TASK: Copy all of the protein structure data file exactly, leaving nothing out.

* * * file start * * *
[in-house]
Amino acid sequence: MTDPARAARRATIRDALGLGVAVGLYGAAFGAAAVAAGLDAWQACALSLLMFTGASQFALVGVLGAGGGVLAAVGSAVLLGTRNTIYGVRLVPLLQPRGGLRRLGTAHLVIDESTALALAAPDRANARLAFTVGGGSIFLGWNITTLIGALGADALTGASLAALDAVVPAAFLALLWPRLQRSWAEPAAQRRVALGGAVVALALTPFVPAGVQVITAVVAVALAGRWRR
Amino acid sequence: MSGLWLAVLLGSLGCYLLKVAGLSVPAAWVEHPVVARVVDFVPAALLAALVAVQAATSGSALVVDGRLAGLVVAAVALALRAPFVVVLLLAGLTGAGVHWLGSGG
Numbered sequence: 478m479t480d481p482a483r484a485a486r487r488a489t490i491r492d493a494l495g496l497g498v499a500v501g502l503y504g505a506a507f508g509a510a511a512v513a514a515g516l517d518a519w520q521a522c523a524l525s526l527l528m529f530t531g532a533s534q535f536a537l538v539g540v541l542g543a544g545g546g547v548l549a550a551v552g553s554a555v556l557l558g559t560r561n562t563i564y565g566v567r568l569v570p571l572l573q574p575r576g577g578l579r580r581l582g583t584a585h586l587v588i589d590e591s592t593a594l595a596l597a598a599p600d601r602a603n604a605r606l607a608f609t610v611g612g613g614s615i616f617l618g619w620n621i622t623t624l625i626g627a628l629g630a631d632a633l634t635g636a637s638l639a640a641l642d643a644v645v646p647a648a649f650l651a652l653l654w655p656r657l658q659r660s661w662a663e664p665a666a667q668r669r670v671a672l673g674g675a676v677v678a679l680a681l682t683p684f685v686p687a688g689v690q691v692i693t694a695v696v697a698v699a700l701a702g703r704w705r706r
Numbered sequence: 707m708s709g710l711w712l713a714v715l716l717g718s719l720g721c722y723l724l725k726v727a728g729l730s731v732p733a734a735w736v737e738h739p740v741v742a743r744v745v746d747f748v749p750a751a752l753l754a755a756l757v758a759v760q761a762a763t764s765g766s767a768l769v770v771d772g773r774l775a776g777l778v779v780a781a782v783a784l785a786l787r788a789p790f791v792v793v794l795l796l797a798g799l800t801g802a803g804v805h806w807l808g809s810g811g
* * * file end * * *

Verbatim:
[in-house]
Amino acid sequence: MTDPARAARRATIRDALGLGVAVGLYGAAFGAAAVAAGLDAWQACALSLLMFTGASQFALVGVLGAGGGVLAAVGSAVLLGTRNTIYGVRLVPLLQPRGGLRRLGTAHLVIDESTALALAAPDRANARLAFTVGGGSIFLGWNITTLIGALGADALTGASLAALDAVVPAAFLALLWPRLQRSWAEPAAQRRVALGGAVVALALTPFVPAGVQVITAVVAVALAGRWRR
Amino acid sequence: MSGLWLAVLLGSLGCYLLKVAGLSVPAAWVEHPVVARVVDFVPAALLAALVAVQAATSGSALVVDGRLAGLVVAAVALALRAPFVVVLLLAGLTGAGVHWLGSGG
Numbered sequence: 478m479t480d481p482a483r484a485a486r487r488a489t490i491r492d493a494l495g496l497g498v499a500v501g502l503y504g505a506a507f508g509a510a511a512v513a514a515g516l517d518a519w520q521a522c523a524l525s526l527l528m529f530t531g532a533s534q535f536a537l538v539g540v541l542g543a544g545g546g547v548l549a550a551v552g553s554a555v556l557l558g559t560r561n562t563i564y565g566v567r568l569v570p571l572l573q574p575r576g577g578l579r580r581l582g583t584a585h586l587v588i589d590e591s592t593a594l595a596l597a598a599p600d601r602a603n604a605r606l607a608f609t610v611g612g613g614s615i616f617l618g619w620n621i622t623t624l625i626g627a628l629g630a631d632a633l634t635g636a637s638l639a640a641l642d643a644v645v646p647a648a649f650l651a652l653l654w655p656r657l658q659r660s661w662a663e664p665a666a667q668r669r670v671a672l673g674g675a676v677v678a679l680a681l682t683p684f685v686p687a688g689v690q691v692i693t694a695v696v697a698v699a700l701a702g703r704w705r706r
Numbered sequence: 707m708s709g710l711w712l713a714v715l716l717g718s719l720g721c722y723l724l725k726v727a728g729l730s731v732p733a734a735w736v737e738h739p740v741v742a743r744v745v746d747f748v749p750a751a752l753l754a755a756l757v758a759v760q761a762a763t764s765g766s767a768l769v770v771d772g773r774l775a776g777l778v779v780a781a782v783a784l785a786l787r788a789p790f791v792v793v794l795l796l797a798g799l800t801g802a803g804v805h806w807l808g809s810g811g